This was especially import when I moved to England the first time.  I focused on how alike we really are, by being aware of those similarities.  The differences were harder to hide since I was just learning the local customs and had a very distinct and different accent.  After a while, I learned my way around, paying attention to local phrases and behaviors.  Now I can easily visit anywhere in Europe and be mistaken for a local (this has happened throughout the United Kingdom, France, Germany, and Greece).  The way I ate, how I walked, where I stood – all were a dead giveaway that I was American.  By observing locals around me, I fit in and was welcomed as someone with much in common.   Jen from Jentheredonethat – Click here to visit her blog! COLLAB 6.jpg


As an expat, the period leading up to the move is nothing but excitement.  A new job, a new city, new things to explore.  Everything seems shiny and golden.  And then you land, you unpack your suitcase and boxes, put up your pictures of home.  You step outside, and start to explore your new home, still feeling like a tourist.  And then, as you walk about the city alone, you look around and realise, you don’t know anyone.  The panic sets in.  What have I done?  How am I going to make friends?  What the hell is a flat white and why can’t just get a normal coffee?  Why are they constantly cheers-ing? I thought people spoke English in England. While the coffee issue sorted it self out fairly quickly, making friends was a totally different ball game.  At 26, everyone already seems settled in their groups – school friends, work friends, people they grew up with.  Where were all of my people?!  As it turns out, everyone flocks to London in groups.  The Kiwis and Aussies all know each other, you hear all sorts of other languages, because everyone comes to London.  And everyone knows each other.  Except you.  Or at least, that’s how it feels.

You decide to be bold and give up the idea that it’s bad if all of your friends are expats.  You say yes to EVERYTHING.  You finally meet the friends of friends you’ve been messaging on Facebook or Instagram, and you court the nice girl in the office and you friend date.  Which, in my experience, far tougher than real dating, because you don’t know these rules yet. And then, before you know it, you’ve got friends again.  Just in time for the rain to clear up and head out to the park for a picnic. You just have to be bold.  Say yes. Cass from CassTravels – Click here to visit her blog! COLLAB 8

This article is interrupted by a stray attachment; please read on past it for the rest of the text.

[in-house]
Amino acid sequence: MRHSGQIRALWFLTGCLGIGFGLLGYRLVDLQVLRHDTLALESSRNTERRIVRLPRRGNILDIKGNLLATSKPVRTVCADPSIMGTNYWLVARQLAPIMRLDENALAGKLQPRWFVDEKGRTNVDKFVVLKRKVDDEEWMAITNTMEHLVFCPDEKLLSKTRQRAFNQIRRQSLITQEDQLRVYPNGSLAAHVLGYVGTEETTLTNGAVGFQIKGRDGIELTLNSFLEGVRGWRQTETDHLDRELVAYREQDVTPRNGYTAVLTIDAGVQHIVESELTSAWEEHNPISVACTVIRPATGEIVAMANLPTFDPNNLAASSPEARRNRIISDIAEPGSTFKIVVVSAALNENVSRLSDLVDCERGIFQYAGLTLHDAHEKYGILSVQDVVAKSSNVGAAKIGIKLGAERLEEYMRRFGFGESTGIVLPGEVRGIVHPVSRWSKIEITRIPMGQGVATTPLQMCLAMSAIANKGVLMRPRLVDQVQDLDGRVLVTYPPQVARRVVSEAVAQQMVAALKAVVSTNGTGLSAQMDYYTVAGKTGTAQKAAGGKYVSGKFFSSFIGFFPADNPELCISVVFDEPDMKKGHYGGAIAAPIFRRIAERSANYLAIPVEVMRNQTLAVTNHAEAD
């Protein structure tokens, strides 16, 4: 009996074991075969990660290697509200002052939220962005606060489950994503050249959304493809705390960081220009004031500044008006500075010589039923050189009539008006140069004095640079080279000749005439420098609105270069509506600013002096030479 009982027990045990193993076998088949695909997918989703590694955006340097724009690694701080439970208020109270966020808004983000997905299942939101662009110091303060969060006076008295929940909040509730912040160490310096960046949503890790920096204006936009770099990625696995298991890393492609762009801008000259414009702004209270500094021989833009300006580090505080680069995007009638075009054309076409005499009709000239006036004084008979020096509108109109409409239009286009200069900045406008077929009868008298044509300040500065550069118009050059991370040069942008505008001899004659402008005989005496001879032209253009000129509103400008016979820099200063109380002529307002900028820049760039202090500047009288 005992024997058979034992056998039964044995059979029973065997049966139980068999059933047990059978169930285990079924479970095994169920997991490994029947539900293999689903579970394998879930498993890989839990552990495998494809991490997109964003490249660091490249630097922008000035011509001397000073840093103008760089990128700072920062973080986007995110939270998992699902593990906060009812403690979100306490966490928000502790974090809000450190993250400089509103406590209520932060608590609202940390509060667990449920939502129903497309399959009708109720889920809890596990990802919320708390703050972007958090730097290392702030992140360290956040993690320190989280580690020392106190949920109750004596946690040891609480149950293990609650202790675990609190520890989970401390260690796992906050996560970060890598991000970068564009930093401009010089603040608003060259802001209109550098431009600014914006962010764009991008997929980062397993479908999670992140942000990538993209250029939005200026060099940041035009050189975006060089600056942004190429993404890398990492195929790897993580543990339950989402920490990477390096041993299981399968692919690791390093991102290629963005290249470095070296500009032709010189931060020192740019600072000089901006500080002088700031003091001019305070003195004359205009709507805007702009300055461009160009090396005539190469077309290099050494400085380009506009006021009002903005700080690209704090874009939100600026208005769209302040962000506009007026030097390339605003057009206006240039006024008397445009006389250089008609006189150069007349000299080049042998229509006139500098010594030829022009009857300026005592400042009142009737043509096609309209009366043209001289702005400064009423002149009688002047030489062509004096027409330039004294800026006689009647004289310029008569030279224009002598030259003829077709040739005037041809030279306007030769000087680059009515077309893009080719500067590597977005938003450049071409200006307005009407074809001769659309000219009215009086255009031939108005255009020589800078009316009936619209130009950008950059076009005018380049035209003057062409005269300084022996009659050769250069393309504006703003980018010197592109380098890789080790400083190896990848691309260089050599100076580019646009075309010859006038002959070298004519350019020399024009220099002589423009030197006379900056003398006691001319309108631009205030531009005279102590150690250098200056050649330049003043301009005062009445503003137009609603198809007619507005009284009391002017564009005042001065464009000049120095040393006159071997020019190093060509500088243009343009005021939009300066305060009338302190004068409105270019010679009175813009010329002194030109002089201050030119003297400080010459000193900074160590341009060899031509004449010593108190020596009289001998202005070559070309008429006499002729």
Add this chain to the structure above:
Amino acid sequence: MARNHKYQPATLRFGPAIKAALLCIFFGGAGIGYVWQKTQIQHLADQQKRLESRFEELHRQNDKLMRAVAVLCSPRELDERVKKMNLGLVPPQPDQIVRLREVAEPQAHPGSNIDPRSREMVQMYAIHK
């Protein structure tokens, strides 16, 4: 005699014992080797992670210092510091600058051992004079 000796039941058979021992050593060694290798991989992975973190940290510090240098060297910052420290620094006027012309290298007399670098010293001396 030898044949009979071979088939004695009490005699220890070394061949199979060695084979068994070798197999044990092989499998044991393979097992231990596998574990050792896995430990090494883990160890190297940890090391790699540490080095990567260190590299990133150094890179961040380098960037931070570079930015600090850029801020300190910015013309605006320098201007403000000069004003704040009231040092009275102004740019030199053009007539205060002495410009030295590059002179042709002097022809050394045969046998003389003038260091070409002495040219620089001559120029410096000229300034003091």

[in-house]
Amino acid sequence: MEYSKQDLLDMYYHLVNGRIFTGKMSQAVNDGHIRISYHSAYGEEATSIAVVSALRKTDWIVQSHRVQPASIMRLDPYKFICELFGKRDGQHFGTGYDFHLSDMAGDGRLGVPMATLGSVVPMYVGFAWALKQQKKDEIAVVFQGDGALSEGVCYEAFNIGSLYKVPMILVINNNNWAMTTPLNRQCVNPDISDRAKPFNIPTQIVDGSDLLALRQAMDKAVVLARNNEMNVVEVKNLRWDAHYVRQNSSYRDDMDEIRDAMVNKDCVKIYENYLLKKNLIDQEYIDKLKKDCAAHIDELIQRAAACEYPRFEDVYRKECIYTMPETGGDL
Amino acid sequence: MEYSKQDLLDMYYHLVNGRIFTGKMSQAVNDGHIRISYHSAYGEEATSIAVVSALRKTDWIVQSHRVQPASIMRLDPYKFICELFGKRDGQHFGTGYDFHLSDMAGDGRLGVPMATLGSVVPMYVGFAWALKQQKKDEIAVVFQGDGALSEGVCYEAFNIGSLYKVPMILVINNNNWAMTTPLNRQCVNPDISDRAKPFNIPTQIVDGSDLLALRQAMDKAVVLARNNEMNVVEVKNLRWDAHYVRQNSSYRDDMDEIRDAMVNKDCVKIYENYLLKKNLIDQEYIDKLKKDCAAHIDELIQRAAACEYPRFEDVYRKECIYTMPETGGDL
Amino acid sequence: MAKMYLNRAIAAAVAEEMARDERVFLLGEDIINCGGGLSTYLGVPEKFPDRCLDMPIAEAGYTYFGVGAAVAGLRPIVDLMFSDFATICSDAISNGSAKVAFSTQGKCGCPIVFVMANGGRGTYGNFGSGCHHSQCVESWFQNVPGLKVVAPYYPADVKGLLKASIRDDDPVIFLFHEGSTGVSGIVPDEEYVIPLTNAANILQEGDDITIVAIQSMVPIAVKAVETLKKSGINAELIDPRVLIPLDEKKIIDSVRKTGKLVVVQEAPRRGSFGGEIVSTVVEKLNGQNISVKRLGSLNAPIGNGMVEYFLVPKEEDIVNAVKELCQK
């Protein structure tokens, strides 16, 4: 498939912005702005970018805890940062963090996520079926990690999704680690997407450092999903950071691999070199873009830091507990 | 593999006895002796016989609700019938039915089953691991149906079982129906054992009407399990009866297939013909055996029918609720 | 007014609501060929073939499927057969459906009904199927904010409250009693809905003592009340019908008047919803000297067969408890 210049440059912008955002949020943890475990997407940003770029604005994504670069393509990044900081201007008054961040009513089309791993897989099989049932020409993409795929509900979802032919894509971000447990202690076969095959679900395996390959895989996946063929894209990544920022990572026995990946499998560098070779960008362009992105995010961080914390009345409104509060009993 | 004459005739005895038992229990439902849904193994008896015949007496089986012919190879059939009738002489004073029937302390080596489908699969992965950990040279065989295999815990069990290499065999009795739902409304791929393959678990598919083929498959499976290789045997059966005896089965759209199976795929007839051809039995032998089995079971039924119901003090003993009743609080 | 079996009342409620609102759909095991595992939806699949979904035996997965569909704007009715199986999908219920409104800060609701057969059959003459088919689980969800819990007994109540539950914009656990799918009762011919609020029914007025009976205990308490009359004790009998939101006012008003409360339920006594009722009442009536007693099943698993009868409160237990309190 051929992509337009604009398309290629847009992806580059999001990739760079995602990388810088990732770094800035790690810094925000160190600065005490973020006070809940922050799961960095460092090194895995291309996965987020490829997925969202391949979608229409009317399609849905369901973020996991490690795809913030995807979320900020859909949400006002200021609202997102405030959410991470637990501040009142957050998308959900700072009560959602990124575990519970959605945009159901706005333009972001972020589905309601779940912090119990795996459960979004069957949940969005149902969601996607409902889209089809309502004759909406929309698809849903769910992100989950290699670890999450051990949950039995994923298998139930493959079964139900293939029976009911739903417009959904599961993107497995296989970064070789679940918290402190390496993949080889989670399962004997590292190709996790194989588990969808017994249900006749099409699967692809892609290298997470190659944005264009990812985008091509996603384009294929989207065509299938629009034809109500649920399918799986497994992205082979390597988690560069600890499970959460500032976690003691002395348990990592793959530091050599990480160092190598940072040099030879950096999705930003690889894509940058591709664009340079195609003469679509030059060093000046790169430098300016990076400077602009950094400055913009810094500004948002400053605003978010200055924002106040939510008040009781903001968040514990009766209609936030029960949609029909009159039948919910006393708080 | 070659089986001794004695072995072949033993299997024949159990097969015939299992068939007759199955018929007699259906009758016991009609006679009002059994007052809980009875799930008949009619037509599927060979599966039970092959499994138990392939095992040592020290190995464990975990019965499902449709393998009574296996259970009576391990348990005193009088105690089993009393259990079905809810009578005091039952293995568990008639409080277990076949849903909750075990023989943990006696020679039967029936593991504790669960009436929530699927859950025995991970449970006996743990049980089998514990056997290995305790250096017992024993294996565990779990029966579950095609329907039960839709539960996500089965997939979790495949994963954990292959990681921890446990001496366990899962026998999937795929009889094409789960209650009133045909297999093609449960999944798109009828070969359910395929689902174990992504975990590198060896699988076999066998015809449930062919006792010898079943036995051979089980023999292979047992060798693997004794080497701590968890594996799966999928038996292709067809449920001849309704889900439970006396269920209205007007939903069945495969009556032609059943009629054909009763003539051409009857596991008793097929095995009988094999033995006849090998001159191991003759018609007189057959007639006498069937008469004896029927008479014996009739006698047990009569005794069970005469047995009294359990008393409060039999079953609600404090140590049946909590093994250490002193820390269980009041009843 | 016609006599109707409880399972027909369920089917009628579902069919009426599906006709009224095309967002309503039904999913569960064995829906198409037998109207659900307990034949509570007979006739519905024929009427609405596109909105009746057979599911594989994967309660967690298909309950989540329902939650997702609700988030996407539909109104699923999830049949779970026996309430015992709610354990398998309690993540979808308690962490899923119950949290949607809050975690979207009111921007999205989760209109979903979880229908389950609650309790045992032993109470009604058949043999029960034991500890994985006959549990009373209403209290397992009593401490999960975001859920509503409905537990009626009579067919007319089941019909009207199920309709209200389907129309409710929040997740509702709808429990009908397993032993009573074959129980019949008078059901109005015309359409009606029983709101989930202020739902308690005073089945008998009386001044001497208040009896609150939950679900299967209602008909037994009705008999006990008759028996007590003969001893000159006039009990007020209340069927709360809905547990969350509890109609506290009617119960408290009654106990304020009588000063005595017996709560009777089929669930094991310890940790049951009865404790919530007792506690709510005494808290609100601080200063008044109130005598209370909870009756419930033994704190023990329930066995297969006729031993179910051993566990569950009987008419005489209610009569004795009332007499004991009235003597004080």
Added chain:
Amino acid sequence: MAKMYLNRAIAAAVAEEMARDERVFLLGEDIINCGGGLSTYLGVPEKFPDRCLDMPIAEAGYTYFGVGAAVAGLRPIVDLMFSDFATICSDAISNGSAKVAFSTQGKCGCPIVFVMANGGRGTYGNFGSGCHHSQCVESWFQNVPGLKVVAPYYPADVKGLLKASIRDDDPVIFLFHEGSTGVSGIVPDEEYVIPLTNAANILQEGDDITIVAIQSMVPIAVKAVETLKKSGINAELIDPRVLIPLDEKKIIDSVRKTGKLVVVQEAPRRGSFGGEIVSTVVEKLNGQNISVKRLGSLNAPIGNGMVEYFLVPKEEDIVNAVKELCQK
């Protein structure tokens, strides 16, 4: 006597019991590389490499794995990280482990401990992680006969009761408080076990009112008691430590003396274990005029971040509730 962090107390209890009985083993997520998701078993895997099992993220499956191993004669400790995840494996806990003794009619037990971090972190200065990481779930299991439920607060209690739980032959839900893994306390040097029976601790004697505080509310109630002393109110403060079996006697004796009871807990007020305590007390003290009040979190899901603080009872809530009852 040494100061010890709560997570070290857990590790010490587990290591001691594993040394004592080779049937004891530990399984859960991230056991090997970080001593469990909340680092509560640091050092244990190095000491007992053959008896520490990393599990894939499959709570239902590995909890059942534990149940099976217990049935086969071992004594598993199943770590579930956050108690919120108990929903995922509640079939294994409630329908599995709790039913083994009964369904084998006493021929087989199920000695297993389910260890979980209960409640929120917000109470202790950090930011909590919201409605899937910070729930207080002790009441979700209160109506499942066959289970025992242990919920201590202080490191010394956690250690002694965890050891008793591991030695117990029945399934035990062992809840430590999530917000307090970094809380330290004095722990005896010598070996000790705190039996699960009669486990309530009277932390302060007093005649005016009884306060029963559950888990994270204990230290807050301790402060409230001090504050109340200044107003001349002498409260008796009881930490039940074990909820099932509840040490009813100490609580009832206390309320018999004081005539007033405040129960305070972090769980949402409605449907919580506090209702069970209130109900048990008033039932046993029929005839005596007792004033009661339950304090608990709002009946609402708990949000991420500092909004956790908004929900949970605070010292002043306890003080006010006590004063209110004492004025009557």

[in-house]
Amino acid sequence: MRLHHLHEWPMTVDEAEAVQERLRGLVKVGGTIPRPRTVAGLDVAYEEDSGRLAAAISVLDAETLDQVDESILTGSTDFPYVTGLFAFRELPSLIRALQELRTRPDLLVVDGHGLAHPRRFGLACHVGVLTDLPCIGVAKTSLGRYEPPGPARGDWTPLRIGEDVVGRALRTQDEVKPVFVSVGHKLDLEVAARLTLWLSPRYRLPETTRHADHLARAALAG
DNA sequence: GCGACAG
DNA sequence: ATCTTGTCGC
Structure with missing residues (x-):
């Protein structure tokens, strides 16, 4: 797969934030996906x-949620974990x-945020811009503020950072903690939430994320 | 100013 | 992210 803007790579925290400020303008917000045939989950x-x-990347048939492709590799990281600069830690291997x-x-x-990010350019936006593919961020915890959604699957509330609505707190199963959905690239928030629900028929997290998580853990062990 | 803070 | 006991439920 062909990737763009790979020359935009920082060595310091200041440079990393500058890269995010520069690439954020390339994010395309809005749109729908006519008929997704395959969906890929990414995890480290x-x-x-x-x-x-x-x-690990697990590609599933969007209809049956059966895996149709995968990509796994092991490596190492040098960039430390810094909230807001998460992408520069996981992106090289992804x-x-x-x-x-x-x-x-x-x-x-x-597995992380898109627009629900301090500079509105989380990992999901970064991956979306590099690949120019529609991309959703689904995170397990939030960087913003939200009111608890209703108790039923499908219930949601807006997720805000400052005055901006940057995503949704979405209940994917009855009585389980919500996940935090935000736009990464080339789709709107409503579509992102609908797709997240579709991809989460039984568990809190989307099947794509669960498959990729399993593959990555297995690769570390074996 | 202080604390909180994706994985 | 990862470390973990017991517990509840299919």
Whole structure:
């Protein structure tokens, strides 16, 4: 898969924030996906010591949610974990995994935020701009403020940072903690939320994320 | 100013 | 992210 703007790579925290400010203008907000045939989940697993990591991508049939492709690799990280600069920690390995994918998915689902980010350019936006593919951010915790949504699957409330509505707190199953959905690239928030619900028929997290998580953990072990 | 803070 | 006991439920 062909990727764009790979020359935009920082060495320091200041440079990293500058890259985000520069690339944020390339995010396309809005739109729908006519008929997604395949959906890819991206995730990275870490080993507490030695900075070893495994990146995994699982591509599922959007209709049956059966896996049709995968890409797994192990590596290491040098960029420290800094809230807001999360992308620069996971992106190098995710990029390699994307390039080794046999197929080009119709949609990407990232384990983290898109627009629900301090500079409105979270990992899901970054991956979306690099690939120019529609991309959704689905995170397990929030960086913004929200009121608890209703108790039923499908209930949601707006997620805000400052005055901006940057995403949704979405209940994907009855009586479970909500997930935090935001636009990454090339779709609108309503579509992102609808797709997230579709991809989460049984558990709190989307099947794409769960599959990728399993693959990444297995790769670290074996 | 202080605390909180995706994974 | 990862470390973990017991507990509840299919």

I was 22 turning 23. I had built up enough courage to make the move. I was moving from Sydney to London. No big deal, it’s is a right of passage nowadays and many Australians do it. People around me started to think it was a big deal. My family were all very worried for me. I was getting questions left, right and centre about my plan… Little did they know, I didn’t have a plan!

I attended a talk on an Overseas Working Holiday Program. Their marketing and sales was fantastic, exaggerating everything and anything that could go wrong. Installing a sense of fear into my head. So I joined the program which promised to find me a guaranteed job and house, organise my bank accounts and visas, taking care of everything. I paid over $1,000 AUD for a piece of mind that I didn’t need.

They played on the youth who were scared and what they delivered was nothing short of what I could of done myself. In fact, I did end up doing it myself. The guarantee job they offered consisted of a trial shift at a large London Hostel. If you went to this trial shift and received at least one shift of work (which everyone did) then you officially had received that “guaranteed job”.They started you off with 3 free days in their hostel whilst they looked for your accommodation. I was there for a week and was shown one house. Meanwhile they were making more money from me staying at their hostel. I pushed for more house viewings and they showed me houses that were the complete opposite of what I asked for. I had imagined they would of had a portfolio of houses for me to look at on my first days, however, it was a waiting game that I couldn’t control.It wasn’t just me. Throughout the hostel, filled with people who had trusted this company, were horror stories worst then mine.Looking back this was all a learning lesson but at the time I felt cheated, I felt naive and silly. It messed with my confidence and decision to be living overseas, my confidence that I could do it all myself. After a week of dealing with underpaid and lack of shifts, some of the dodgiest house inspections you could imagine and unprofessional “”help” I decided to sort myself out.